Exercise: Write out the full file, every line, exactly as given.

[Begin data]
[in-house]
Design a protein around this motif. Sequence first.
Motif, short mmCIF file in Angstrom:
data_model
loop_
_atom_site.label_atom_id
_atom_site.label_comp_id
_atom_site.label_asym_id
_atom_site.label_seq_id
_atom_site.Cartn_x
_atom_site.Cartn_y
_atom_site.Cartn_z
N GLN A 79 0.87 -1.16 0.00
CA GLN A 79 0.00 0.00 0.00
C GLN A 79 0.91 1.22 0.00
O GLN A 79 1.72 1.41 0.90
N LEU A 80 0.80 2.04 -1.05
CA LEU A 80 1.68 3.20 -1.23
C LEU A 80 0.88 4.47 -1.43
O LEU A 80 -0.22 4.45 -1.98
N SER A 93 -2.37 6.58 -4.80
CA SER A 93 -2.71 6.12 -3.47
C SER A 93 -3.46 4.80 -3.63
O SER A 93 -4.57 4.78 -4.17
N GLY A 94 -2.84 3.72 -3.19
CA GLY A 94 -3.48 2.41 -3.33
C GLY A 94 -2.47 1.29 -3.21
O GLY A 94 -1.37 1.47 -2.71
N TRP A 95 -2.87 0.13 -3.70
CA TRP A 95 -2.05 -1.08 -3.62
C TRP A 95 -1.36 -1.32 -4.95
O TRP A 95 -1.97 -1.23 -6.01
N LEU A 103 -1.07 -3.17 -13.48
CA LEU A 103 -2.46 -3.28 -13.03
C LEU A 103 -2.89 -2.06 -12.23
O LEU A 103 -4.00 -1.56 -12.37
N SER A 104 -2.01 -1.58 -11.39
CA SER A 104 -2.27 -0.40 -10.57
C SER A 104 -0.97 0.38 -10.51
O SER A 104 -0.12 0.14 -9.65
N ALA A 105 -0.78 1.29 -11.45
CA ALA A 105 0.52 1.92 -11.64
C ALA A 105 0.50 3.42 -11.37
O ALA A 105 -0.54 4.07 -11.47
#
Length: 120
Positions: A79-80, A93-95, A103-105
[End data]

[in-house]
Design a protein around this motif. Sequence first.
Motif, short mmCIF file in Angstrom:
data_model
loop_
_atom_site.label_atom_id
_atom_site.label_comp_id
_atom_site.label_asym_id
_atom_site.label_seq_id
_atom_site.Cartn_x
_atom_site.Cartn_y
_atom_site.Cartn_z
N GLN A 79 0.87 -1.16 0.00
CA GLN A 79 0.00 0.00 0.00
C GLN A 79 0.91 1.22 0.00
O GLN A 79 1.72 1.41 0.90
N LEU A 80 0.80 2.04 -1.05
CA LEU A 80 1.68 3.20 -1.23
C LEU A 80 0.88 4.47 -1.43
O LEU A 80 -0.22 4.45 -1.98
N SER A 93 -2.37 6.58 -4.80
CA SER A 93 -2.71 6.12 -3.47
C SER A 93 -3.46 4.80 -3.63
O SER A 93 -4.57 4.78 -4.17
N GLY A 94 -2.84 3.72 -3.19
CA GLY A 94 -3.48 2.41 -3.33
C GLY A 94 -2.47 1.29 -3.21
O GLY A 94 -1.37 1.47 -2.71
N TRP A 95 -2.87 0.13 -3.70
CA TRP A 95 -2.05 -1.08 -3.62
C TRP A 95 -1.36 -1.32 -4.95
O TRP A 95 -1.97 -1.23 -6.01
N LEU A 103 -1.07 -3.17 -13.48
CA LEU A 103 -2.46 -3.28 -13.03
C LEU A 103 -2.89 -2.06 -12.23
O LEU A 103 -4.00 -1.56 -12.37
N SER A 104 -2.01 -1.58 -11.39
CA SER A 104 -2.27 -0.40 -10.57
C SER A 104 -0.97 0.38 -10.51
O SER A 104 -0.12 0.14 -9.65
N ALA A 105 -0.78 1.29 -11.45
CA ALA A 105 0.52 1.92 -11.64
C ALA A 105 0.50 3.42 -11.37
O ALA A 105 -0.54 4.07 -11.47
#
Length: 120
Positions: A79-80, A93-95, A103-105